Is your furnace running poorly or not working at all? With winter rapidly approaching, a faulty furnace can become a real liability. Unpredictable weather patterns can also mean that cold snaps may arrive earlier than expected, leaving you shivering when you should be warm and cozy inside. You might think repairing a fussy furnace is the more cost-effective option, but this isn't always the case.
In many instances, substantial furnace problems can be a sign that it's time to install a new one. While installing a new unit may cost more than repairing your old one, it can save you a ton of money in the long run. If your furnace is currently suffering from any of these three problems, you may want to consider a replacement before the cold weather rears its ugly head.
1. Bad Heat Exchanger
Your furnace's heat exchanger is its heart and soul, just like the compressor is the heart and soul of your air conditioning system. The heat exchanger contains deadly combustion gases and directs them away from your home, allowing your furnace to extract heat energy from them along the way. This component is expensive to purchase, expensive to install, and absolutely critical for your safety.
If you have a cracked heat exchanger, you won't be able to use your furnace at all. While it's technically possible to replace one, the cost will often approach the cost of an entirely new furnace. More importantly, a cracked heat exchanger usually means your furnace is old enough that more parts will likely fail soon. Installing an entirely new furnace is ultimately a safer and cheaper option.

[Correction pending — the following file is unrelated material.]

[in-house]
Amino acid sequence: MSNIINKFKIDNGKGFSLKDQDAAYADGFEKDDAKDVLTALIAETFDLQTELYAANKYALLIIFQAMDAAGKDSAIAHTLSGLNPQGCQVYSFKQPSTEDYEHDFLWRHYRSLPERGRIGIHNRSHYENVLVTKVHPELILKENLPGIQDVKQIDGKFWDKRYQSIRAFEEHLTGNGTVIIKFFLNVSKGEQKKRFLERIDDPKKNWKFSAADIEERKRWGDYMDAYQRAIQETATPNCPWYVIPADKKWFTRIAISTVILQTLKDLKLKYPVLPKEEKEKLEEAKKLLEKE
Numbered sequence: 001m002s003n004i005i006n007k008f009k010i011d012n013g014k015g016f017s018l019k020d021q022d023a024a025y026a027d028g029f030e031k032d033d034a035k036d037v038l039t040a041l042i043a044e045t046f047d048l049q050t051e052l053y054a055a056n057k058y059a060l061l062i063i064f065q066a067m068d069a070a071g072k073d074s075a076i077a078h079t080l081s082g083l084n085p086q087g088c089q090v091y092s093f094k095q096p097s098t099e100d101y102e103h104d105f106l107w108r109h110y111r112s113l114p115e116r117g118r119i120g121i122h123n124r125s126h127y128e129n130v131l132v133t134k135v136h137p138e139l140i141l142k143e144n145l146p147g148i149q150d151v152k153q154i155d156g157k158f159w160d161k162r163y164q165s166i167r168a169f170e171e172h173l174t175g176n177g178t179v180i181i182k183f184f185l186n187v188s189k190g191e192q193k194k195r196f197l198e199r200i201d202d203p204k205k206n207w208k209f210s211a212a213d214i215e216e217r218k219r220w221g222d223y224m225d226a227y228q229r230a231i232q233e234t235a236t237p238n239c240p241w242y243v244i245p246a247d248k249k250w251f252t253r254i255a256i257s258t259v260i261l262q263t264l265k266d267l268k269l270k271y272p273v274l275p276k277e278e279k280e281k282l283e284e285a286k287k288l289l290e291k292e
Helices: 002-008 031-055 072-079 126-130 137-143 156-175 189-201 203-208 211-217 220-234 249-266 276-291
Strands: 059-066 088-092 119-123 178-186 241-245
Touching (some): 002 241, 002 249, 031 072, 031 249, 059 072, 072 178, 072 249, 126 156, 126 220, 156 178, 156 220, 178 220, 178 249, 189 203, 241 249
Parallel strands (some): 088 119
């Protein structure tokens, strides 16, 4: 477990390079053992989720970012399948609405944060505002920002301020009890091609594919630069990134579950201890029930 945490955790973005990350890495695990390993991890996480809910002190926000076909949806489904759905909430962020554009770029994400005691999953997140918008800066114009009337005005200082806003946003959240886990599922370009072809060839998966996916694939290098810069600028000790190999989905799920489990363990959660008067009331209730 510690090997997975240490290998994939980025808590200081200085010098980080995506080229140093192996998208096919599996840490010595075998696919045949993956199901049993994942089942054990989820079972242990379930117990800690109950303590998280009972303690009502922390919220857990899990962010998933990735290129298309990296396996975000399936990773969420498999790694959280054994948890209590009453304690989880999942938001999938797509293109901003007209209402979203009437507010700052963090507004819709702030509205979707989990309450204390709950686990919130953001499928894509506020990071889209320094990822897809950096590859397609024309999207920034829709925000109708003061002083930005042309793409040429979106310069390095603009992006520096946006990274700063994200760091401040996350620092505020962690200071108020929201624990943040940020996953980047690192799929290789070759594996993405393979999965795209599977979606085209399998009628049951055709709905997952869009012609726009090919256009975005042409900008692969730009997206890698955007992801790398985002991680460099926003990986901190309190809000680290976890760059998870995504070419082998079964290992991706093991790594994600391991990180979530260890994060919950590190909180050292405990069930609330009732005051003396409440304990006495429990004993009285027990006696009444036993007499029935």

2. Exhaust Venting Problems
Modern furnaces use draft inducer motors to create negative pressure ("draft") that pulls exhaust gases through the heat exchanger and out of your home. Older furnaces rely on a gravity design. Since these older units are less efficient, they pull less heat from the exhaust gases, allowing them to safely rise up and out of your home.
If you have an older furnace with an exhaust venting issue, it may be dangerous to continue to operate it. However, repairing your old exhaust vents may be costly, especially if there's an issue with the slope. Since modern condensing furnaces typically use PVC pipe instead of metal flues, repairing your old metal exhaust flues is typically less cost-effective than installing a new, higher-efficiency model.
3. Severe Corrosion
Can your furnace rust away? Surprisingly, the answer is "yes." While your furnace doesn't use water, combustion gases can create significant corrosion. Surface rust on the cabinet may not affect the operation of your furnace, but it's a good indication that something else is wrong. Unless you know the rust is from an external source, you'll want an HVAC technician to look into the problem.
Unfortunately, severe corrosion from combustion or condensate issues is a major red flag. Even if your heat exchanger is currently working correctly, substantial rust is a sign that it may be close to failure. Installing a new furnace will help ensure you can continue to heat your home safely without risking exposure to dangerous combustion fumes.
To learn more about furnace repairs, contact an HVAC contractor near you.